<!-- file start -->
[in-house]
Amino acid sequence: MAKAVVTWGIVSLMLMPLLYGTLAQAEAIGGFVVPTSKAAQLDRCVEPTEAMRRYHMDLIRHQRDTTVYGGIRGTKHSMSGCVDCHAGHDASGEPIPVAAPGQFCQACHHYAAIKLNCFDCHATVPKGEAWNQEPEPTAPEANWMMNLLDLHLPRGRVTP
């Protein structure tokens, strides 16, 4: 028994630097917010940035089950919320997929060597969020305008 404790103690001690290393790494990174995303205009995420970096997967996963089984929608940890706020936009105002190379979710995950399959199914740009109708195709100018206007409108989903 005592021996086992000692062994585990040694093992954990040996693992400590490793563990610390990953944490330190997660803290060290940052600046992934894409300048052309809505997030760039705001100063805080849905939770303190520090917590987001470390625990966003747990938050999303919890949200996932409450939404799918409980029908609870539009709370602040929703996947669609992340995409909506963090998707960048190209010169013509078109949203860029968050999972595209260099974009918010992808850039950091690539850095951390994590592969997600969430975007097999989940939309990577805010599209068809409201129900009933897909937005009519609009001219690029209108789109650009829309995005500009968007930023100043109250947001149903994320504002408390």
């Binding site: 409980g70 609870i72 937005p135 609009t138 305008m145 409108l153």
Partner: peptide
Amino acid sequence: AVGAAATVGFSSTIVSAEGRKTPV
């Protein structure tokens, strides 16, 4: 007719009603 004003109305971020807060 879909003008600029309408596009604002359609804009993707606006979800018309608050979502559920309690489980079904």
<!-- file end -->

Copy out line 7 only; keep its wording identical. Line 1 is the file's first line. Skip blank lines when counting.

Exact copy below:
């Protein structure tokens, strides 16, 4: 007719009603 004003109305971020807060 879909003008600029309408596009604002359609804009993707606006979800018309608050979502559920309690489980079904």